Question

Understanding hardware forwarding limitations (Release notes)


Userlevel 4
Create Date: Jan 19 2012 10:14AM

Hi,



I am planning on using a Summit X460 switch as a gateway in a dual stack environment. Before I go ahead and configure it for my "hundreds" of subnets, I need to know how many hosts it will support (hardware of course). I've read the Extreme XOS Release Notes (12.6.1), but I need some help interpreting the limitations part. E.g.: IPv6 host entries in hardware—maximum number of IPv6 neighbor entries in hardware.

And: IPv4 ARP entries in hardware with maximum LPM routes.



How many IPv4 and IPv6 hosts will a Summit X460 support in hardware? Also, what will happen when the hardware limit is exceeded? Will some connections bounce back and forth between hardware and software? The switches seem to have very limited software forwarding performance, so want to do anything to avoid forwarding in software. Thanks Kenneth

(from Kenneth_Oestrup)

4 replies

Userlevel 4
Create Date: Jan 19 2012 12:26PM

FDB (maximum L2 entries)—maximum number of MAC addresses as per the release notes is 32,768

It makes more sense to check the number of FDB entries in your case.

It is always recommended to avoid over-subsrcibing of your switches. These values are more for marketing purposes and hence 50-75% would be an ideallistic approach.

Anyways once done monitor your cpu-utilization using"show cpu-monitoring" or "top" and verify things work normall as they should

I believe exceeding the number of hosts can put load on the cpu and may crash the switch. Not a 100% on this one though.

(from Arpit_Bhatt)
Userlevel 4
Create Date: Jan 19 2012 1:05PM

Hi Abhatt, thank you for your reply.

The switch will be used as a "router on a stick" in my scenario. It will be forwarding internet traffic between my BGP routers and my subnets.

Do you know if there is any way to check the actual hardware L3 forwarding table consumption? As I understand there is a way of tweaking how addresses are stored in the hardware, to adapt the network? then it wouldn't necessarily make sense just to count the ARP entries, IPv6 neighbors and LPM routes. Otherwise I could be just a couple of entries below a "catastrophic failure", without knowing it.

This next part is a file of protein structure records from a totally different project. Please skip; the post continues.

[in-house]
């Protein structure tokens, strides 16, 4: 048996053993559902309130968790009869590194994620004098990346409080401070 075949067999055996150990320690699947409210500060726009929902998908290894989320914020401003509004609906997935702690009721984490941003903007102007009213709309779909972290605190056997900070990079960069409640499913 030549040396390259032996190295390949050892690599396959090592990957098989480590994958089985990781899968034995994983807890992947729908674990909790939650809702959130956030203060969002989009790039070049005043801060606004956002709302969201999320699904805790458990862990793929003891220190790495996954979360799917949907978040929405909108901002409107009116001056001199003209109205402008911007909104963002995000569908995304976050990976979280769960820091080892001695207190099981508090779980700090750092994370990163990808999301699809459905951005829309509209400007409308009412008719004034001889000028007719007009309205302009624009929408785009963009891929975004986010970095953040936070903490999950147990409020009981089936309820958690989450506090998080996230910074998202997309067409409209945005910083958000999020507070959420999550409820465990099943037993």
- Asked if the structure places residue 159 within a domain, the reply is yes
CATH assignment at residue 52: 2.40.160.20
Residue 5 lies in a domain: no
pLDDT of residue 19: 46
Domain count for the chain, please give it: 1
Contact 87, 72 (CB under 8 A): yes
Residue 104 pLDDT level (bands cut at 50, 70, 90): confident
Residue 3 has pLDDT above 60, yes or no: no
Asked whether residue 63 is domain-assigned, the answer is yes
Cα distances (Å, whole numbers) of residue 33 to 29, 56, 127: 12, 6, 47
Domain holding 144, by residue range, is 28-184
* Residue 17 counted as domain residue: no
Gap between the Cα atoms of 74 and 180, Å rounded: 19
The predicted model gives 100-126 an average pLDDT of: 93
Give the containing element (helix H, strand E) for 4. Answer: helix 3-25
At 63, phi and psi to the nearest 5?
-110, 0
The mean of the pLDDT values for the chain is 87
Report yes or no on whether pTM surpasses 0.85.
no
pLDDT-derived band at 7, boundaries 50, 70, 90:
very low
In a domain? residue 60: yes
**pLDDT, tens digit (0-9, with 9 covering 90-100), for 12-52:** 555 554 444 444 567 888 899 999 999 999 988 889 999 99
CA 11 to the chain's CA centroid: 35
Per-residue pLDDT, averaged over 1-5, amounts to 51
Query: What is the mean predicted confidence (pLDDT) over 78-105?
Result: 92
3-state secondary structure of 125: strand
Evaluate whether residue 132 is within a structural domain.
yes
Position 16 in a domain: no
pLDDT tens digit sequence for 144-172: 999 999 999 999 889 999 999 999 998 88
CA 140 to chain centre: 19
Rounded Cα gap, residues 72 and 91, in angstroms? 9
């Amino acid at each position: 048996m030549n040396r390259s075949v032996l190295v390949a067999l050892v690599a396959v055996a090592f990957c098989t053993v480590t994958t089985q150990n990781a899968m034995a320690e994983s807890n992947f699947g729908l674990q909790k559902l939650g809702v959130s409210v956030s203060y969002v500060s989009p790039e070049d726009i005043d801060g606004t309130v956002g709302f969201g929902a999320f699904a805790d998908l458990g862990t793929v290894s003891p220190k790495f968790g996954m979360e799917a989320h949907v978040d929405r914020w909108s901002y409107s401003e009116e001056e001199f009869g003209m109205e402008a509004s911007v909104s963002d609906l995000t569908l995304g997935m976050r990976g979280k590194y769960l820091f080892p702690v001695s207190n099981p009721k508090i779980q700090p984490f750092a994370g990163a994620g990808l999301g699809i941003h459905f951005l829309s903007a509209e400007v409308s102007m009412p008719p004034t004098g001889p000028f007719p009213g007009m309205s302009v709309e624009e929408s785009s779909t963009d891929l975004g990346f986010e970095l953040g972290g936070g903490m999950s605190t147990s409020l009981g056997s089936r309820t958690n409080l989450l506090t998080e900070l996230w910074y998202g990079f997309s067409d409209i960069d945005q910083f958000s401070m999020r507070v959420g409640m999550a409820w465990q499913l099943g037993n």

I think you may be right that the numbers are mainly from a marketing perspective. My understanding however, was that they were "safe limits" (i.e. the red-line on a tachometer).

The above examples in my original post (in bold) seems more like an elastic measurement, when you put them together. How does the switch cope with, e.g. 5000 IPv4 ARP entries and 3000 IPv6 neighbors in hardware, at the same time?

It's really important for me to know how the equipment will react to my network, as I am trying to replace existing software (x86) based routers, with Extreme Networks switches.

Best regards,

Kenneth

(from Kenneth_Oestrup)
Userlevel 4
Create Date: Jan 20 2012 11:52AM

Do you know if there is any way to check the actual hardware L3 forwarding table consumption?

There are some debug commands to check the actual hardware entries but these commands are not RECOMMENDED in the live environment as it utilizes cpu a lot sometimes. You will have to call TAC for those commands.

How does the switch cope with, e.g. 5000 IPv4 ARP entries and 3000 IPv6 neighbors in hardware, at the same time?

The switch should cope fine unless you are lower than the values sepcified in the release notes and by lower i mean around 50%. This is more of a stress testing thing and you would probably get a better idea only if you test it.

(from Arpit_Bhatt)
Userlevel 4
Create Date: Jan 31 2012 11:14AM

To check L3 forwarding table consumption use the following:

show iproute reserved-entries statistics

Enabling forwarding table compression will likely help utilization in your case as there are likely to be quite a lot of routes sharing paths. (from Ansley_Barnes)

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